By Autumn Sandeen
Dear Windows Media Management, I find it difficult to believe that Windows Media truly believes “Newspapers should reflect all aspects of their readers’ lives” and that its “superior editorial content and community involvement sets [Windows Media] apart”. Although your organization’s print and e-publications cover transgender issues (and obtain transgender readership as a result), Windows Media’s homepage specifically states “Window Media publications provide comprehensive coverage of issues, news and entertainment of interest to lesbians and gay men.” I’m guessing that means that even though *I* read Windows Media publications online because of its trans issue coverage, apparently transgender people like me aren’t part of the target readership, and therefore don’t count as people whose lives you wish to reflect. Not only are we apparently not the target audience, but we’re apparently viewed as the enemy of gay employment protections by Windows Media Management. Chris Crain’s “‘Trans or bust’ still a bust” and “ENDA gets trans-jacked” indicate Windows Media’s “superior editorial content” editorializes in favor of blaming transgender people for wanting their civil rights and protections as soon as possible instead of blaming those in Congress who aren’t voting for the Employment Non-Discrimination Act (ENDA).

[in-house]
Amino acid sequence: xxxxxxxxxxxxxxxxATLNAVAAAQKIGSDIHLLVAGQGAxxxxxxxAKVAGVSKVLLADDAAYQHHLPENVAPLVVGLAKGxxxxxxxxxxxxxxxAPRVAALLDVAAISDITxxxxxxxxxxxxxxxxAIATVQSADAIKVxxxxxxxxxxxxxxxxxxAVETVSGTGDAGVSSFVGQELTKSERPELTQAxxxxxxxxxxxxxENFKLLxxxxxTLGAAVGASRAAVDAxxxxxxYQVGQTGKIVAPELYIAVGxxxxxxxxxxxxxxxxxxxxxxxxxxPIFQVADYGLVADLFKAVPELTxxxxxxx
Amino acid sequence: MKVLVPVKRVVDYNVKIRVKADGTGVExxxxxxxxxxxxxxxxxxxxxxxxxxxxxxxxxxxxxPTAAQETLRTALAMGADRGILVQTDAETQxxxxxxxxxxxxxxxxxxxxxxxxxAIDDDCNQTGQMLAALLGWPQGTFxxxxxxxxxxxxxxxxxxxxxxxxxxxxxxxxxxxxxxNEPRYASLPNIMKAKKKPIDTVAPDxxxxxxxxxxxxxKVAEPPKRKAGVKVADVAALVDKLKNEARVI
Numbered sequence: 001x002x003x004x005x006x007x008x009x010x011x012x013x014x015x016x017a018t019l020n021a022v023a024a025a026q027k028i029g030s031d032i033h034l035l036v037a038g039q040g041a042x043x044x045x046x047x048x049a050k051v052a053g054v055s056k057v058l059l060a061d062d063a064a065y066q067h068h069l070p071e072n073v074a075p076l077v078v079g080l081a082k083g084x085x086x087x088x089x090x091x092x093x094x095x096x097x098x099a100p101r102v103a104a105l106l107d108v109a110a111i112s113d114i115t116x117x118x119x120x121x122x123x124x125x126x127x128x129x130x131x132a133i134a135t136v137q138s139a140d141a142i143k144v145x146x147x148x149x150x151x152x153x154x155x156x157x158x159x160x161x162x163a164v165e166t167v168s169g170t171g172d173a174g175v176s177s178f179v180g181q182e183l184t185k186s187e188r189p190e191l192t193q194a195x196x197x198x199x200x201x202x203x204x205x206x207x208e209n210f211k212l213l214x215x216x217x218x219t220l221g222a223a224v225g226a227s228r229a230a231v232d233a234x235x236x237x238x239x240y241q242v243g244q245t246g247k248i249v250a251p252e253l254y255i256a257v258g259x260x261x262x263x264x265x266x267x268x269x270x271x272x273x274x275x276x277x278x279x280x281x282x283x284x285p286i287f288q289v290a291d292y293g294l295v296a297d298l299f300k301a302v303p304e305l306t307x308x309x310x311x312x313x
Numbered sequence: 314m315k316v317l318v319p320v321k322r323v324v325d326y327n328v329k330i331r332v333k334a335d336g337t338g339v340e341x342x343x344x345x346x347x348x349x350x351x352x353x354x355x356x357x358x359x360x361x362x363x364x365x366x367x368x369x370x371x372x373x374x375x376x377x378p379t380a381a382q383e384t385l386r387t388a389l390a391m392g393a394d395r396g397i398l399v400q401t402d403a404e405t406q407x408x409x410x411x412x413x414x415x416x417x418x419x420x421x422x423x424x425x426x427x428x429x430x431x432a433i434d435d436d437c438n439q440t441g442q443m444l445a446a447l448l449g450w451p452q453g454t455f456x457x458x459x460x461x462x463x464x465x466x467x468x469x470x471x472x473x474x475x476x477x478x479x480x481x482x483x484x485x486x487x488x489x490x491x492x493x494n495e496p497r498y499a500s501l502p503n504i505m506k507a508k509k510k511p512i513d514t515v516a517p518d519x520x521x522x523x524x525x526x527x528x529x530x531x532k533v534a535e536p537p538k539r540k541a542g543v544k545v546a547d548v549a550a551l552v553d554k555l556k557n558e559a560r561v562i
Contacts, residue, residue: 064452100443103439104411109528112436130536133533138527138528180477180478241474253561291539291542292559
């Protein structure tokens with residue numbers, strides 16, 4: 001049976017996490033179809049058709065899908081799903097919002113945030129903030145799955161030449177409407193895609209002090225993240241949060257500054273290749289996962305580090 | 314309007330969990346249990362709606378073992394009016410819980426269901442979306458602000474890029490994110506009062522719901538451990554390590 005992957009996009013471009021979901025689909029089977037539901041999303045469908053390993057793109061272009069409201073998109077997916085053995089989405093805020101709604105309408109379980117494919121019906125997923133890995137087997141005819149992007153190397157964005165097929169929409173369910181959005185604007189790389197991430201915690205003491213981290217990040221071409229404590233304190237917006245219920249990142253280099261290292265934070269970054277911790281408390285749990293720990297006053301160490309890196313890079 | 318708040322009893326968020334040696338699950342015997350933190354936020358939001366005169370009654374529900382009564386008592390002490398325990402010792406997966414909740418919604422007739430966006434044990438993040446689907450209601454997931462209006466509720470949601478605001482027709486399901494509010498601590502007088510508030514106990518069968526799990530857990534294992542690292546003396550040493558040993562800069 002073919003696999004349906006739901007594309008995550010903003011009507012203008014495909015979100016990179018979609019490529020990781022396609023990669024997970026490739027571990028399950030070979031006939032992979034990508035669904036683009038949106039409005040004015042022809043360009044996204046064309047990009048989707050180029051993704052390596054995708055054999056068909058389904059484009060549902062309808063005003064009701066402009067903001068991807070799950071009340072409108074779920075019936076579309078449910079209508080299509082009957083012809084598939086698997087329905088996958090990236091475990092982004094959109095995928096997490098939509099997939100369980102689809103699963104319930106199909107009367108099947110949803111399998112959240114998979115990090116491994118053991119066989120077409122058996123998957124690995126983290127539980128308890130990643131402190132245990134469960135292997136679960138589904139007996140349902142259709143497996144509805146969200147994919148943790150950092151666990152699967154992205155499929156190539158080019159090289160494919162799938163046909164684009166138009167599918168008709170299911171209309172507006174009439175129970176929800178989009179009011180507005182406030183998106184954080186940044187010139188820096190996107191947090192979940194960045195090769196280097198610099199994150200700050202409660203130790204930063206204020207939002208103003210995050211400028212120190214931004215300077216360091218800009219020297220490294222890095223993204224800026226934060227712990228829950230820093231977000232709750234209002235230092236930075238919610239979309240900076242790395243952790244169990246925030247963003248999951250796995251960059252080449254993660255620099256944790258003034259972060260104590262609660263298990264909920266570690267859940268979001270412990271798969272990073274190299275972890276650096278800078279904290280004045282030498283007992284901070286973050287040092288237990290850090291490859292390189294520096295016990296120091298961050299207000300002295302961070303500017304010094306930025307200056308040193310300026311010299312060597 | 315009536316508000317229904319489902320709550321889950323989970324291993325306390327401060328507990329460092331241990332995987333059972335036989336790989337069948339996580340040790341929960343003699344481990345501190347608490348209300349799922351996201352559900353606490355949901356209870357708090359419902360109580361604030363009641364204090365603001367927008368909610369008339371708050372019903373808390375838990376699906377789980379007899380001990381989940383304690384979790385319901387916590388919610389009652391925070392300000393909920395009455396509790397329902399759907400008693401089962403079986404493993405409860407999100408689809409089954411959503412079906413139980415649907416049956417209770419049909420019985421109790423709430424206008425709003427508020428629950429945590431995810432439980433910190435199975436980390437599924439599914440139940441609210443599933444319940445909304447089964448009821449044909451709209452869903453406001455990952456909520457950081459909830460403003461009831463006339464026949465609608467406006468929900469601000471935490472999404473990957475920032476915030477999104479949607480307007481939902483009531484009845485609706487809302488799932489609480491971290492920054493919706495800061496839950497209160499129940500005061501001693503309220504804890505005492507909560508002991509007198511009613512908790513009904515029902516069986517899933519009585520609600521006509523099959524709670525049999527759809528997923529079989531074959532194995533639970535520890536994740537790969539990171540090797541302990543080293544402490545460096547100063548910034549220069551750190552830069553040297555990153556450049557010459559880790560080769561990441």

Matt Foreman, the executive director of the NGLTF, wrote an argument for trans-inclusion in ENDA. In it he provided a personal perspective on why he believes he made a mistake when he, as the executive director of the Empire State Pride Agenda, worked to enact New York’s Sexual Orientation Non Discrimination Act (SONDA). He essentially stated that the “wait” that Chris Crane alludes to is an illusion. I tend to believe Matt Foreman’s perspective on ENDA over Chris Crain’s specifically because Foreman was a leader directly involved with passing SONDA — I don’t believe Crain has the same level of experience with regards to shepherding civil rights legislation. Matt Foreman also made the statement in his argument that “The time for debate is over.” Here’s why: The HRC, NGTLF, PFLAG, NOW, and Pride at Work (among other GLBT civil rights organizations) aren’t going to change their minds. Chris Crain’s editorializing in his blog does nothing to ensure that any GLBT rights organization’s supported version of ENDA will ever become law — instead, he baits trans-activists, and appears to be working to divide the community that will push for ENDA to become law.
I’m angry enough at Chris Crain’s misdirected disapprobation at the trans community to consider contacting Windows Media advertisers. I’ve talked to a number of other trans-activists who feel the same way.